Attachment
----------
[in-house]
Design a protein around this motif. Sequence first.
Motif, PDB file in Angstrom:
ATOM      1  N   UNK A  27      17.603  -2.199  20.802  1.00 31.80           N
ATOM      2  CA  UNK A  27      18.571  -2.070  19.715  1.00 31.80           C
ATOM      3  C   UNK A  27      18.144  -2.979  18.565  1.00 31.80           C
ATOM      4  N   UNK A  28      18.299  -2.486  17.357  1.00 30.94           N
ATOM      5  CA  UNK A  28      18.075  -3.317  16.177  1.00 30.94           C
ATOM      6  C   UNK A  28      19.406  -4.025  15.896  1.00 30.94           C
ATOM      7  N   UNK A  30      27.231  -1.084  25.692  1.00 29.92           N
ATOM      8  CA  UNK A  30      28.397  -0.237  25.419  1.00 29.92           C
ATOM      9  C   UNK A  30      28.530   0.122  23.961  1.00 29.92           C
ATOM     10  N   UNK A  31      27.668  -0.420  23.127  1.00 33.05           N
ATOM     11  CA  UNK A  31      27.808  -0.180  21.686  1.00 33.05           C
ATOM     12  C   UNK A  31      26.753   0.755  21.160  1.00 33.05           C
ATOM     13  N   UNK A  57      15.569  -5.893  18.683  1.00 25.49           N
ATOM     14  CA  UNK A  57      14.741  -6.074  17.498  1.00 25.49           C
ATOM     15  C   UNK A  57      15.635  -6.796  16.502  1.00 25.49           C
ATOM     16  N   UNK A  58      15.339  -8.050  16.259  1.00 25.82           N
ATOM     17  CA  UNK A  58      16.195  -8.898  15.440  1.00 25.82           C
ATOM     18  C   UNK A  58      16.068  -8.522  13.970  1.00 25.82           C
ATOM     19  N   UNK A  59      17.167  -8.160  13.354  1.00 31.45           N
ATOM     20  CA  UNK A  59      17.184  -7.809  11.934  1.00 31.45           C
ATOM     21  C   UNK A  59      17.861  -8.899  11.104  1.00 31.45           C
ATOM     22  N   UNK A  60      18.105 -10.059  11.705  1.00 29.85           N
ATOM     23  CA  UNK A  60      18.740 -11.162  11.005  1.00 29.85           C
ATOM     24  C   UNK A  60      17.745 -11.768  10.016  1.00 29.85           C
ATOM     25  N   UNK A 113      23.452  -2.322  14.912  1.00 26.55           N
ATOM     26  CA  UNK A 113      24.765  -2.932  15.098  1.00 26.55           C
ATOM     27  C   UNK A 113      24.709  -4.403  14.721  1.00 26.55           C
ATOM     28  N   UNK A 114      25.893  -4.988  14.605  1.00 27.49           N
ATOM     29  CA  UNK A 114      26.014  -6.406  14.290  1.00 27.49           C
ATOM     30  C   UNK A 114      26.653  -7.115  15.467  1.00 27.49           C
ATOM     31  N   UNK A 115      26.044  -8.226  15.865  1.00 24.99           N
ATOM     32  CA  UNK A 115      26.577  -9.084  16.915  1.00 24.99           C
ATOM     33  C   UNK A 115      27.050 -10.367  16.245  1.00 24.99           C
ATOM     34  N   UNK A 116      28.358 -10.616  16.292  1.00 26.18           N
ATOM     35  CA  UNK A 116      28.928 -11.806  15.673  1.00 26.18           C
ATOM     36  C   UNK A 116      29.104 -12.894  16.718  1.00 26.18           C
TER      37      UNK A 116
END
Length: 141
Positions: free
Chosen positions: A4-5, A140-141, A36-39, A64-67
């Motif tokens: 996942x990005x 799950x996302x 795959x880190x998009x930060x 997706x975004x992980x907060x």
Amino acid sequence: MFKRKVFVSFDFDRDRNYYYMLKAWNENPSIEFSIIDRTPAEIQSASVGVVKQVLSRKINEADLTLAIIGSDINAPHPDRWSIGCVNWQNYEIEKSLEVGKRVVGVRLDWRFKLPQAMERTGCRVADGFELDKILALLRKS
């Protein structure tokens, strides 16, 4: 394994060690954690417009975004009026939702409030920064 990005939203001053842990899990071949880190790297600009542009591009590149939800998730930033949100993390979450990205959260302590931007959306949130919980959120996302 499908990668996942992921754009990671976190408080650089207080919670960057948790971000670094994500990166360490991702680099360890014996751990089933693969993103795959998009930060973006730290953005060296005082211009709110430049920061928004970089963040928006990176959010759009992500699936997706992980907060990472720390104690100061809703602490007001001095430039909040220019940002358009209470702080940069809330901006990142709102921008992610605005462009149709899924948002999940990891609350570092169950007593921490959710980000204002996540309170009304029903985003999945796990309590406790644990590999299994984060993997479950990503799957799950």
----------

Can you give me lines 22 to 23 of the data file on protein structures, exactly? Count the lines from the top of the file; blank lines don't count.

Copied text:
ATOM     19  N   UNK A  59      17.167  -8.160  13.354  1.00 31.45           N
ATOM     20  CA  UNK A  59      17.184  -7.809  11.934  1.00 31.45           C